July 4th: We Need Our Own Independence!

This week is the Fourth of July, which celebrates the founding of the United States after the American Revolution. For those of us fortunate enough to have the day off, we might watch fireworks or spend time with family. Regardless of what we end up doing, our society will be filled with events celebrating the history of the U.S. and making calls for patriotism. But what was the American Revolution truly about?

To expand its empire and amass wealth, Great Britain had conquered various parts of the world, including in North America, where they seized the land that was home to millions of indigenous people. In the North American colonies, the economy was growing, but its development was tightly controlled by the British to export the colonies’ natural resources back to Britain.

The wealthy class of individuals that administered the North American colonies grew frustrated with British control. Many of these colonial leaders are now known as the “Founding Fathers” of the U.S. They were a small group of very wealthy white men who either owned slave plantations or were merchants and bankers profiting from slavery — men like Benjamin Franklin, who had a vast fortune from various businesses; James Madison, who owned large slave plantations; and George Washington, a major landowner. This wealthy class wanted more control of the wealth being generated, instead of having to send most of it back to the King in England in the form of taxes and exports.

But the wealthy were not the majority of the people in the colonies, and they were not the ones that generated the colonies’ immense wealth. Most people living in the colonies were small farmers, workers, slaves, and indentured servants, who were poor Europeans who paid for their trip to North America by working off their debt over several years.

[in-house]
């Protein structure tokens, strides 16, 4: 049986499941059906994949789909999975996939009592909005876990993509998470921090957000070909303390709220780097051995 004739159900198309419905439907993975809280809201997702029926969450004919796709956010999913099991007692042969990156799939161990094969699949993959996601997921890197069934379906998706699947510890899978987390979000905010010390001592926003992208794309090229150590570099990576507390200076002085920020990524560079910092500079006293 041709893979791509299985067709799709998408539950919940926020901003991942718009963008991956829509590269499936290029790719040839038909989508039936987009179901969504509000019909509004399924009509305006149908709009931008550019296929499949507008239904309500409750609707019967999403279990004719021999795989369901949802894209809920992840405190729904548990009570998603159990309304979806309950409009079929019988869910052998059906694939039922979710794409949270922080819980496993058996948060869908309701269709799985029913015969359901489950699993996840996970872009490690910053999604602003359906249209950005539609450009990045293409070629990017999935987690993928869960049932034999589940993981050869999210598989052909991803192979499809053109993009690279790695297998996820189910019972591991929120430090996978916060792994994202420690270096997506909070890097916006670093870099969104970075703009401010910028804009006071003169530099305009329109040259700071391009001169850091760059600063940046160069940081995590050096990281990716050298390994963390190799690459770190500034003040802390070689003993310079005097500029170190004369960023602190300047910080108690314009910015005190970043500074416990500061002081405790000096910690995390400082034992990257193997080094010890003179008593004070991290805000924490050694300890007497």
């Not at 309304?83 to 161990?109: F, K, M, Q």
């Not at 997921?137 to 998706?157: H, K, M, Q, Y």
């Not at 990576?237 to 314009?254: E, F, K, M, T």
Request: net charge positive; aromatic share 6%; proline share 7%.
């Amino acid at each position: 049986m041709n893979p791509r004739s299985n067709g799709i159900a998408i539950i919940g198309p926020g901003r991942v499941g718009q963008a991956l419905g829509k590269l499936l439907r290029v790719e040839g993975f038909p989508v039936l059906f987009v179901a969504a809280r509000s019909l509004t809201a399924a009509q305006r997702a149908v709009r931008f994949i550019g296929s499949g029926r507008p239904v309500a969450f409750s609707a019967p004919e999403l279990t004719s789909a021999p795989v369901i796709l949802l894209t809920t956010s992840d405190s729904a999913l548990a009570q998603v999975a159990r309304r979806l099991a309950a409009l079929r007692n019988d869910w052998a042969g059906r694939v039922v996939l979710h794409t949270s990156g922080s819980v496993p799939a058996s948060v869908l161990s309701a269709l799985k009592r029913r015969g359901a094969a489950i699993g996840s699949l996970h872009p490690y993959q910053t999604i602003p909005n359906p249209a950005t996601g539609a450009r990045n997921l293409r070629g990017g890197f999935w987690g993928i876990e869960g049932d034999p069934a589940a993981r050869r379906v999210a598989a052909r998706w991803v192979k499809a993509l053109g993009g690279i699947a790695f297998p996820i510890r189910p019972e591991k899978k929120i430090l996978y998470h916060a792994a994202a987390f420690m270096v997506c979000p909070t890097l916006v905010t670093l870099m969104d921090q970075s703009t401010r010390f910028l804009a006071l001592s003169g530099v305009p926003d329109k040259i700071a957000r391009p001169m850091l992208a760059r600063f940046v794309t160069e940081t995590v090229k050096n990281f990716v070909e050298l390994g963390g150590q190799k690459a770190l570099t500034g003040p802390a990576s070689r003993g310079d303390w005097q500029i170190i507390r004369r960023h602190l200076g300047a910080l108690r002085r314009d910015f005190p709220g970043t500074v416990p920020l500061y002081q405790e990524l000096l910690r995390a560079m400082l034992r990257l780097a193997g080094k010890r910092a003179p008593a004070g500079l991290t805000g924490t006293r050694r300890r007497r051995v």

Many of these people from the lower classes were also frustrated with British control. And by the 1770s, they began engaging in aggressive acts of resistance against Britain’s occupying army and its colonial government. And it was this resistance from below that became the main impulse for the revolution, which the “Founding Fathers” eventually took over the political leadership of. But it was from the lower ranks of colonial society that people sacrificed and shed the most blood in winning America’s independence from Britain.

From the very beginning of the American Revolution, there were actually two revolutions taking place — one by the ruling class, and another by the majority of the colonial population. The wealthy wanted independence so they could be the ones to control the wealth in the colonies, not the British. The lower classes wanted independence from Britain in order to better their own lives, and to have a say in the new government.

Ultimately, however, only one was successful. On the backs of the lower classes fighting in the war, the ruling class of what became the United States won their revolution and got what they wanted — their own control over the wealth of society, and a government that would defend their interests over the interests of the majority. Or as James Madison put it: a government “to protect the minority of the opulent against the majority.”

Fast forward to today, and it couldn’t be any clearer that the wealthy elite still are in power, with a government to defend their interests. Real decision-making about how to run society is not in our hands, even though we do the work that makes it function. Working people may cast a vote for this or that president, but ultimately these are politicians that will defend the interests of the wealthy, regardless of which party they belong to. This was on full display during the recent presidential debate — a ridiculous spectacle that not only showed the bankruptcy of both Trump and Biden, but of the whole system they defend.

July 4th may celebrate Independence Day for the ruling class in the United States, but workers here in the U.S. and all over the world are still fighting for our independence from the rule of the bosses and capitalism. To achieve real independence, we’ll need to fight for our own revolution, one that finally empowers working and poor people around the world to take control and run society to meet our needs. This is a revolution that is long overdue.

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